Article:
I am not much for competition in any form or forum, but in the kitchen it appeals to me even less. The proper preparation of food is, to a certain point, a matter of technique, and I believe it is good for cooks to be able to speak the language of technique before they, as the kids say, get all creative ‘n’ shit. Cooks should study and learn the Maillard reaction and the gelatinization of starches and the coagulation of proteins before they delve into the production of bee-pollen gelato using liquid nitrogen imported from eastern Mauritania, just as aspiring poets should understand subject-verb agreement and reflexive pronouns before they leap into e e cummings territory.
But if cooks see fit to offer themselves up for televised ridicule in the hope of fame and fortune, then all bets, as one might say if one were a betting man, are off.
There is a television program called Hell’s Kitchen having nothing to do with the neighborhood of that name in New York City. The studio where the TV show is produced sits in Culver City, California, some 2,804 miles from Hell’s Kitchen in Manhattan.
Gordon Ramsay, a Scottish chef who serves as “star” of Hell’s Kitchen and inquisitor of the show’s contestants, puts his tattooed, pierced, raspy-voiced, chain-smoking charges through their culinary paces each week. For somewhere between 10 and 56 seasons — I lost count during the Jimmy Carter administration — Ramsay has demanded perfect Beef Wellington, sautéed scallops and lobster risotto from the Brads, Brians, Britneys and Briannas who aspire to servitude in a Ramsay-themed restaurant in a convention hotel somewhere.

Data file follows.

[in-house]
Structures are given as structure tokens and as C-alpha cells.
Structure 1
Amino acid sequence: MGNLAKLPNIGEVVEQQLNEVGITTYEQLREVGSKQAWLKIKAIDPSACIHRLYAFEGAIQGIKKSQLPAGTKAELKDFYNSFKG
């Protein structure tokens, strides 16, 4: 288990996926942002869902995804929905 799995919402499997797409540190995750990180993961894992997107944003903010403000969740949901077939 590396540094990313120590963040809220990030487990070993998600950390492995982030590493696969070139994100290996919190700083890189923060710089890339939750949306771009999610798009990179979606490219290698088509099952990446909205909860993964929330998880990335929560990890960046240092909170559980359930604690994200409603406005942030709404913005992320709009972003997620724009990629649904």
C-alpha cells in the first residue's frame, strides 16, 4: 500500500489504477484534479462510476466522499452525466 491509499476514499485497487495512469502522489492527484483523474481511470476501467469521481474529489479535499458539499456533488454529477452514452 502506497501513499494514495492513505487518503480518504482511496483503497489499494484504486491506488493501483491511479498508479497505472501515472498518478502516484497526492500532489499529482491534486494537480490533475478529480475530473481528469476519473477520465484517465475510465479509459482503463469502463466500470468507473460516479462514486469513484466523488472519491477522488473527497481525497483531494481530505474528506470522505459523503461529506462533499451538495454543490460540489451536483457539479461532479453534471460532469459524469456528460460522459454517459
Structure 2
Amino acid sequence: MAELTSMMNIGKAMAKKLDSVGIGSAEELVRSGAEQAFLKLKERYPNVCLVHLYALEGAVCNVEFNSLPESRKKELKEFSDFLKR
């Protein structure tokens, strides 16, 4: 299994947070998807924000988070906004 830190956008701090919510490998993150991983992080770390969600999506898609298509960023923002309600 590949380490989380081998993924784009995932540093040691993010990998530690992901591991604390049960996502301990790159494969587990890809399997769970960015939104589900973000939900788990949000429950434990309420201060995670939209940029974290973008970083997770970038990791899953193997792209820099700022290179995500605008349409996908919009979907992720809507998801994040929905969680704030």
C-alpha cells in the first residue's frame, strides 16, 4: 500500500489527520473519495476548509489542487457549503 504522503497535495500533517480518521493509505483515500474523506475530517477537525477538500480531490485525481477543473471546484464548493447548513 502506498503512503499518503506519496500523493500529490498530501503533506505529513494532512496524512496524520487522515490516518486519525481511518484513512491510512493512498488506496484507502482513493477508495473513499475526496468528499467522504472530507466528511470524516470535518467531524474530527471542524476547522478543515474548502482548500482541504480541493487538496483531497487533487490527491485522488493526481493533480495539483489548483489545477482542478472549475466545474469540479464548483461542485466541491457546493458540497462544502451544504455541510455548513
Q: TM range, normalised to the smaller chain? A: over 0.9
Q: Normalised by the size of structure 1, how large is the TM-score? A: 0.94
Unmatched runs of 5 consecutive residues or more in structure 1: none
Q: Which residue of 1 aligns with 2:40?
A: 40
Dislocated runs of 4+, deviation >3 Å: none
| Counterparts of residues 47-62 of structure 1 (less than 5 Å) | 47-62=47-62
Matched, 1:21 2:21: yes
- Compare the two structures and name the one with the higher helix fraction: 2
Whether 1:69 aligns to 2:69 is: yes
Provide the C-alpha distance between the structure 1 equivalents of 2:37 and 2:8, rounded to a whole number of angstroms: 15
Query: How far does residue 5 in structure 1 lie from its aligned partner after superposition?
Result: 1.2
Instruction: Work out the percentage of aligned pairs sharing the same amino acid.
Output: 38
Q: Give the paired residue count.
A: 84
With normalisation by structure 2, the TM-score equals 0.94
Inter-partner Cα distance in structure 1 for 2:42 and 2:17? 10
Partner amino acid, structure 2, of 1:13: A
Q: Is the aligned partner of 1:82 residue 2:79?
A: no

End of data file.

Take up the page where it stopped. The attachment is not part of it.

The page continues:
Mr. Ramsay appears to take great pride in expressing flailing, flairful criticism of his contestants’ inferior work.
“It’s ROWWWWWW!!!” he wails about undercooked salmon.
“It’s under-rare, theh!” he whines about still-chilly beef tenderloin.
“Who made this shit?” he demands about runny risotto before slapping a plate of it onto the floor.
It is unclear whether Mr. Ramsay generates his dialogue on his own or a team of professional writers creates it for him, but I lean toward the former. I picture the chef, late at night, behind a mahogany desk the size of a Chevrolet Vega. Pen in hand — it could be a quill pen but on this point I am not adamantine — he gazes into space, lips pursed and brow wrinkled.
He mutters to himself. “Salmon not cooked quite enough…scallops need another minute on each side, yes?…It’s not yet done.” But nothing satisfies. “More zing,” he thinks. “More snap. More sizzle.”
He toils through the night, testing lines, tasting them as they pass his thin lips.
“These scallops look like something my daughter’s pet goose left in the yard.”
“What is this? A Frisbee?”
“You call yourself a chef?”
But still he knows he hasn’t reached his destination. He pours another glass of Old Rip Van Winkle ‘Pappy Van Winkle’s Family Reserve’ 23 Year Old Kentucky Straight Bourbon Whiskey. (He cultivates an idea among the public that he drinks Scotch or Cognac, but at home he’s all about American spirits, even though he pronounces its state of origin “KIN-tooky.”)
Now he stands upright while trying his lines. Emboldened, he jabs the air with a finger.
“Ah you kidding me, you idiot?”